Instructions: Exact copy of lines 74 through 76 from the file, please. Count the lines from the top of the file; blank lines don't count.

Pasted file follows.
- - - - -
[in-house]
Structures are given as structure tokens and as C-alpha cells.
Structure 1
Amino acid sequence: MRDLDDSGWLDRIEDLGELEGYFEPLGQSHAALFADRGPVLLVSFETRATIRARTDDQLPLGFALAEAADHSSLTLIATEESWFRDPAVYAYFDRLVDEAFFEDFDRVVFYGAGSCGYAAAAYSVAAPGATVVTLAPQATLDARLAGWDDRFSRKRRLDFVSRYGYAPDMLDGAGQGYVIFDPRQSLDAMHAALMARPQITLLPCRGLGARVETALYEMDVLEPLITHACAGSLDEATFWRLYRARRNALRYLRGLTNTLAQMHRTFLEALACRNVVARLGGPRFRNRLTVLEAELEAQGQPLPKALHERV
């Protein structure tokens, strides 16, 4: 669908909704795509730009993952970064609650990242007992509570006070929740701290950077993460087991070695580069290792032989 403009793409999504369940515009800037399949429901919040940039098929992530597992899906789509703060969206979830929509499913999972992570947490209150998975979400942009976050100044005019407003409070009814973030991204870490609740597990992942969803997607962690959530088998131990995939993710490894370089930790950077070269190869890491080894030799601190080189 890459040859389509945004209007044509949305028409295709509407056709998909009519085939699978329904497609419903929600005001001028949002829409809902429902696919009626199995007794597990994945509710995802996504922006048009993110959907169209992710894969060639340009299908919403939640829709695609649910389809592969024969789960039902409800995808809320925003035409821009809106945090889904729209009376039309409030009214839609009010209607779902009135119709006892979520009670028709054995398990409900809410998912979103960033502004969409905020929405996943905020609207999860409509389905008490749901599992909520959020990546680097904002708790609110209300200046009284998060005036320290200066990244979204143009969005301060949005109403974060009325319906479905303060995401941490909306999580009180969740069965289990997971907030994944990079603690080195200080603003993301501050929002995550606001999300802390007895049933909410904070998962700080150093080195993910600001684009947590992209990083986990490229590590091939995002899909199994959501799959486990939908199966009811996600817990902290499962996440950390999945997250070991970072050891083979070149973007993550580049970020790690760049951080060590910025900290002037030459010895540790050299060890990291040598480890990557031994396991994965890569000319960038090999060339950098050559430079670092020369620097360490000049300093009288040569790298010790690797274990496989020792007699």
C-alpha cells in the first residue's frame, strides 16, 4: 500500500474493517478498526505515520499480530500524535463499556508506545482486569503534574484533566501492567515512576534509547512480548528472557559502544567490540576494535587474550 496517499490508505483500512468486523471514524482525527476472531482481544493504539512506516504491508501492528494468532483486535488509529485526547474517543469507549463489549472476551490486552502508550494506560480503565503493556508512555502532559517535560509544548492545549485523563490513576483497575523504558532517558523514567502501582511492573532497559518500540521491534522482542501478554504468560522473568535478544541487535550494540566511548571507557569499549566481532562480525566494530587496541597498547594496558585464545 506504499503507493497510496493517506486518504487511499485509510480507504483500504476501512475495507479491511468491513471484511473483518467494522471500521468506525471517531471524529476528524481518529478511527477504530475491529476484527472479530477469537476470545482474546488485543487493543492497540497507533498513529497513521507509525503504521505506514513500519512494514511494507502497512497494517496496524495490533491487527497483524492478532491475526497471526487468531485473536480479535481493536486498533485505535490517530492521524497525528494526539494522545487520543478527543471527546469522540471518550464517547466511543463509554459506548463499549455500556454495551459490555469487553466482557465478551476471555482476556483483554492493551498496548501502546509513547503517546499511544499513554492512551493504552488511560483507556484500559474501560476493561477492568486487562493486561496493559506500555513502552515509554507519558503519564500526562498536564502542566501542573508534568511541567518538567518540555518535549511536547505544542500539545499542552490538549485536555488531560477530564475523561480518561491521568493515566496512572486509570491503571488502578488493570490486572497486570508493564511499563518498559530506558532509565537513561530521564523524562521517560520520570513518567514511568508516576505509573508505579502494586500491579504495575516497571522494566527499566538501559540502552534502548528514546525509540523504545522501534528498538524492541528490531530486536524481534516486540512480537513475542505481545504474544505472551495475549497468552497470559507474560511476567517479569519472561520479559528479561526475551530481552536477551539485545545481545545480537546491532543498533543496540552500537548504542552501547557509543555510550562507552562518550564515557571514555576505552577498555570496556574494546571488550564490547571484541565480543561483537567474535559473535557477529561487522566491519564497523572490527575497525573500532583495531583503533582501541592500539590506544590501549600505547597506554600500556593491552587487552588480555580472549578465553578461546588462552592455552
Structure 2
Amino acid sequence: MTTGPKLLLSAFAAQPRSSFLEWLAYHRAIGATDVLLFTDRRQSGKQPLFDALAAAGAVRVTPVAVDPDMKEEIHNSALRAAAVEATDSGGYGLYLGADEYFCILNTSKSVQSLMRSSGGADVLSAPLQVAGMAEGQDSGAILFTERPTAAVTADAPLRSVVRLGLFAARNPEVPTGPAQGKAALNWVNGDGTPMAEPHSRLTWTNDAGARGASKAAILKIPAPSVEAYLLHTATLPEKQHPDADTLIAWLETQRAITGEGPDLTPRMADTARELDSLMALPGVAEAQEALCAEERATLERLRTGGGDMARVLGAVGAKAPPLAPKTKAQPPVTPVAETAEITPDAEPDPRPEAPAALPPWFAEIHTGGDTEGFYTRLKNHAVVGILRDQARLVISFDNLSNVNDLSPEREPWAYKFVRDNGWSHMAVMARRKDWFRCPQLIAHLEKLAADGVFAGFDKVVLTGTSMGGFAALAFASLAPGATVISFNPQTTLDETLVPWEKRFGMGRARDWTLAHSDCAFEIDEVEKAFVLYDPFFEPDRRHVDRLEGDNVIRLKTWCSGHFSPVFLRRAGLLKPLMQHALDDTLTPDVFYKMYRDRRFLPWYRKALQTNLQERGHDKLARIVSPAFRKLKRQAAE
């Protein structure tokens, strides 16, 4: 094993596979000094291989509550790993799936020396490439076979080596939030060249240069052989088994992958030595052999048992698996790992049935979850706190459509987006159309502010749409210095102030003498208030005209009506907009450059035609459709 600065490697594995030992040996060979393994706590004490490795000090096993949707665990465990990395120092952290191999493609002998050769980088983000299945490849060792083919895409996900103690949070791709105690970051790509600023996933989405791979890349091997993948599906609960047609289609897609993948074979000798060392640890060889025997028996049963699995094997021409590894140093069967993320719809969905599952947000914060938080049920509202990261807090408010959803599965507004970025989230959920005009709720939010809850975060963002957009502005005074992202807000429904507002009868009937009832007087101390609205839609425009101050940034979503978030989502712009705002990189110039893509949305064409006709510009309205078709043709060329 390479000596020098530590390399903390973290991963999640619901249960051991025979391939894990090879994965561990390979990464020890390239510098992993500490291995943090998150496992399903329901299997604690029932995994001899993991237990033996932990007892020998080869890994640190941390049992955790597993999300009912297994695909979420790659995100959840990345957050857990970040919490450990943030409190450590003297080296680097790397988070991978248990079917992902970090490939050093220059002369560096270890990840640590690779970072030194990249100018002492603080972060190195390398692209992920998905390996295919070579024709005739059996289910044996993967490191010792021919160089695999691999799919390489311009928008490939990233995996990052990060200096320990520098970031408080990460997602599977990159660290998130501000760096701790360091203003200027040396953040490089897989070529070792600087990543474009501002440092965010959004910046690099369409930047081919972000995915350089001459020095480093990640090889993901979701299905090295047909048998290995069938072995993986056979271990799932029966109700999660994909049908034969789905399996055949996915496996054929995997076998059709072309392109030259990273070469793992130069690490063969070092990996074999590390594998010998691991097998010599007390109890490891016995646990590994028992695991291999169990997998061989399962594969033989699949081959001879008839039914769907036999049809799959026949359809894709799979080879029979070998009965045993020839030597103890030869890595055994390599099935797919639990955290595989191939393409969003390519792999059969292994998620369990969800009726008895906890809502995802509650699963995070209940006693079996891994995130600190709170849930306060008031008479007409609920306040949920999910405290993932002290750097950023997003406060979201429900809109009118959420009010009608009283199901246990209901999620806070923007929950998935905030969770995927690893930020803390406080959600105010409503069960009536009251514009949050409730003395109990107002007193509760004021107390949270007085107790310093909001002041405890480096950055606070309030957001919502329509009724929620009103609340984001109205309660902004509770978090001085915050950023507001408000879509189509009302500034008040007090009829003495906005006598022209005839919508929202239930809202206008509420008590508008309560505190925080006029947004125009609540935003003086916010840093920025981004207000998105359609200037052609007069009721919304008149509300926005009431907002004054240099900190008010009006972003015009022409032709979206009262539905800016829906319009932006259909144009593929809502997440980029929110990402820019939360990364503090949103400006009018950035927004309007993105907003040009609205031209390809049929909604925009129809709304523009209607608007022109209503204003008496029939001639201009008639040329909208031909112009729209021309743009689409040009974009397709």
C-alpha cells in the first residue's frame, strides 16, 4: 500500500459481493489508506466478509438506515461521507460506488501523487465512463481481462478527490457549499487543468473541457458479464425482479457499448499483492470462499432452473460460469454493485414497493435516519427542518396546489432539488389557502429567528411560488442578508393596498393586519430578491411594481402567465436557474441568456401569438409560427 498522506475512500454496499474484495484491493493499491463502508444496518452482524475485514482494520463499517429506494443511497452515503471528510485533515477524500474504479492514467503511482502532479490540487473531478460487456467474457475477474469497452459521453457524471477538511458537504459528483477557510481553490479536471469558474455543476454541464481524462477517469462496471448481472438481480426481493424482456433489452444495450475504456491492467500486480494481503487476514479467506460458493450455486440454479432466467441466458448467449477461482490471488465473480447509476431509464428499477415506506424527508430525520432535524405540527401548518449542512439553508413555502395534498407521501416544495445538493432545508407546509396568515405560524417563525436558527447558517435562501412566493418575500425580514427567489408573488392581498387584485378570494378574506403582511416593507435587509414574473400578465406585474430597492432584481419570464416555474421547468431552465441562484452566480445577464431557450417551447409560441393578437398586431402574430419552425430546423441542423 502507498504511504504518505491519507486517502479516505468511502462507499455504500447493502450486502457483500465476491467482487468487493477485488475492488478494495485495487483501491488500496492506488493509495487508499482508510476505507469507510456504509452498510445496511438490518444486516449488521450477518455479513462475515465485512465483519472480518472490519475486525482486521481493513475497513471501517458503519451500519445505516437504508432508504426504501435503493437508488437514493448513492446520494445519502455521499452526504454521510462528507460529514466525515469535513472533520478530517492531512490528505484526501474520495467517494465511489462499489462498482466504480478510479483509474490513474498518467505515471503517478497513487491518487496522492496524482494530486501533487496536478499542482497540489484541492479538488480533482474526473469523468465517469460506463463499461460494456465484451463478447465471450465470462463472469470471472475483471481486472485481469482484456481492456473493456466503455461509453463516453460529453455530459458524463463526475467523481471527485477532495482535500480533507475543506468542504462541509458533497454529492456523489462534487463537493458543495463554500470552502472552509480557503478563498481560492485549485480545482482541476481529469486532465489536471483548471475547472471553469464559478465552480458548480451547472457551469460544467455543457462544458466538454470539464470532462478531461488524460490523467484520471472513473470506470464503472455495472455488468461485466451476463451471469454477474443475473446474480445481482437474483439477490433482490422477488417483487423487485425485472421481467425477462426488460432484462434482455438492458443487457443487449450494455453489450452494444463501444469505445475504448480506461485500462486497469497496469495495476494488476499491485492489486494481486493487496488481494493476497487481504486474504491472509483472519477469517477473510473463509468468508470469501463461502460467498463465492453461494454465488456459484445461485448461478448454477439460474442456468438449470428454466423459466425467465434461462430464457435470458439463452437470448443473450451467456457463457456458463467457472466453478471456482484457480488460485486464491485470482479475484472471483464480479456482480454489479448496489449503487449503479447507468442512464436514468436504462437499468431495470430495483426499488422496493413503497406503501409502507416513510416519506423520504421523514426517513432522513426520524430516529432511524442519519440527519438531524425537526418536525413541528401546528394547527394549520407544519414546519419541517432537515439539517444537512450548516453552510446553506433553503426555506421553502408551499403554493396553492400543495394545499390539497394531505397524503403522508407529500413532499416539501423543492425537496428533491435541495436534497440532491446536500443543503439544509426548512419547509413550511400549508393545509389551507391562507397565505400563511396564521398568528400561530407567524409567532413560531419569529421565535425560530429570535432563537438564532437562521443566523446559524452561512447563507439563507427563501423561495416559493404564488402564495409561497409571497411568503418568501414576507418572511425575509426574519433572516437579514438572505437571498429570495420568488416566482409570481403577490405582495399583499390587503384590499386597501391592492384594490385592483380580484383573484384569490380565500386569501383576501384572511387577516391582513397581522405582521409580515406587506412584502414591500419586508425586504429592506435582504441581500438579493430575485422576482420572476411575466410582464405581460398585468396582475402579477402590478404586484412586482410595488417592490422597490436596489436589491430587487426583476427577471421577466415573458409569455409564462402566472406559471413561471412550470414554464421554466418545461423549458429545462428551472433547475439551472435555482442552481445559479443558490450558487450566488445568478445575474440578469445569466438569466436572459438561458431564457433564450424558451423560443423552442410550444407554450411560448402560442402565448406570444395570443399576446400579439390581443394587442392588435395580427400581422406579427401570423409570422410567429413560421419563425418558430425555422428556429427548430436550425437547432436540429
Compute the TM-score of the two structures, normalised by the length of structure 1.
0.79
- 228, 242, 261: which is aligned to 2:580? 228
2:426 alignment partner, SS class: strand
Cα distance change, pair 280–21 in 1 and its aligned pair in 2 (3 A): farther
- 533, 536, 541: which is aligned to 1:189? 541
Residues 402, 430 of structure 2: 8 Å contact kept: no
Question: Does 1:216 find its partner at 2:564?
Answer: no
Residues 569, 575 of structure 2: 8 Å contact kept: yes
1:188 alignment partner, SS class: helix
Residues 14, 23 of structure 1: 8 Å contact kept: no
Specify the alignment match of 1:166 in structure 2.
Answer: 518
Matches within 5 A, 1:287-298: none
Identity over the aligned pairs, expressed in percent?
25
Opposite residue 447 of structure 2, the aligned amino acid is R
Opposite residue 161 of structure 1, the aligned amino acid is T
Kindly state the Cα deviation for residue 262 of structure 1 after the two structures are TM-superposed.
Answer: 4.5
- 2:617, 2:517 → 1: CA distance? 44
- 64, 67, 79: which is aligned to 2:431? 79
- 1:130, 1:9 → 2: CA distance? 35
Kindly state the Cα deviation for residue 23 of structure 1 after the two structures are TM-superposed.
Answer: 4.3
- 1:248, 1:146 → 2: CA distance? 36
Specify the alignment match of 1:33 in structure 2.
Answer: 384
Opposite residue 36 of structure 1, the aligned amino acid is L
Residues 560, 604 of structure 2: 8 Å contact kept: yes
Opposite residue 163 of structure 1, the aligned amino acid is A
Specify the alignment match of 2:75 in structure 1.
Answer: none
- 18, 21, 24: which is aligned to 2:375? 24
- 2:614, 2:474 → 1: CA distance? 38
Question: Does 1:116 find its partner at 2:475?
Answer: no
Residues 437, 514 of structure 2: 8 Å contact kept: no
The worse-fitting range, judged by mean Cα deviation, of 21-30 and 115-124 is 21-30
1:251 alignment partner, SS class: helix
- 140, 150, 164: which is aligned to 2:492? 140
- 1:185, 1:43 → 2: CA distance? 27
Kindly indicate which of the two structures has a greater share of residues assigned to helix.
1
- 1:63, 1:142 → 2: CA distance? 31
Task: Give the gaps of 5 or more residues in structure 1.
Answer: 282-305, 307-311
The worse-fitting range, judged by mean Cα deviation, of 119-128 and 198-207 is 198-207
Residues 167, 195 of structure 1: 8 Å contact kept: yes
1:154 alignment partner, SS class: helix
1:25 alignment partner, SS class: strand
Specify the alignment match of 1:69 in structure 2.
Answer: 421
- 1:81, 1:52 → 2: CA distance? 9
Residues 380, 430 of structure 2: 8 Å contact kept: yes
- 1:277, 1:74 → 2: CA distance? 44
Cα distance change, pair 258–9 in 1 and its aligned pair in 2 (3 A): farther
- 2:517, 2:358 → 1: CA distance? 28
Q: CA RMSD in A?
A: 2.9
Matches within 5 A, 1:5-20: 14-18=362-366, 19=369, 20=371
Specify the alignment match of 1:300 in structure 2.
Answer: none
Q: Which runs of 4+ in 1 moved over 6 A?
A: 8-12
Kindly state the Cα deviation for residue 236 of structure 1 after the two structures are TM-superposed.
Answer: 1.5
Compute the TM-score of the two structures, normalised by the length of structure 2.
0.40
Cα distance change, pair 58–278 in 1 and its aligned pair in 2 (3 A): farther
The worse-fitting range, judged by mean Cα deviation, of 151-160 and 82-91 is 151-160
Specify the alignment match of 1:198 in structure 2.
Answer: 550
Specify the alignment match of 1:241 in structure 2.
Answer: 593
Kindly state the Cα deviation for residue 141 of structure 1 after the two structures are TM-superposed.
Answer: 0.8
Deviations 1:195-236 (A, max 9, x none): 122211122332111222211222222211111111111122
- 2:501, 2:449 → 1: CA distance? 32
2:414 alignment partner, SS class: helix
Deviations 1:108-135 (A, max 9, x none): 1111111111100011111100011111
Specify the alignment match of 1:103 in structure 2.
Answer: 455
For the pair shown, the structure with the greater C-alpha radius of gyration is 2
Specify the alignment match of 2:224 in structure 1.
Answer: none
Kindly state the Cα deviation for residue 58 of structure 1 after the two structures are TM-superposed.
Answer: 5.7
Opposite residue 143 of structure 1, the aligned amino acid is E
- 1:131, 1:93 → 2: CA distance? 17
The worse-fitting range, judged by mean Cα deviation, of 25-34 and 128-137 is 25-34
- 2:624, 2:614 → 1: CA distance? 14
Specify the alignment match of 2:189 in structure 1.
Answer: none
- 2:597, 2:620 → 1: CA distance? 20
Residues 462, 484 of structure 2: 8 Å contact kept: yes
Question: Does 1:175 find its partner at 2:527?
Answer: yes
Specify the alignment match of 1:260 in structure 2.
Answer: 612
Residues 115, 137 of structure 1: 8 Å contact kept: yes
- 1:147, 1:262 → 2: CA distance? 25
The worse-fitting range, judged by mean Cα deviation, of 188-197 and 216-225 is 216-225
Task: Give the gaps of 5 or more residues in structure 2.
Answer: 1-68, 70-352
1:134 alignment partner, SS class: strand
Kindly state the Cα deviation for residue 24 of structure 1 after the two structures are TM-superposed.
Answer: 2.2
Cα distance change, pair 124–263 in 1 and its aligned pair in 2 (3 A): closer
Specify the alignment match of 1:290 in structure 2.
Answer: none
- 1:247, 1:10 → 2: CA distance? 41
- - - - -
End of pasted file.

Answer: none
Q: Which runs of 4+ in 1 moved over 6 A?
A: 8-12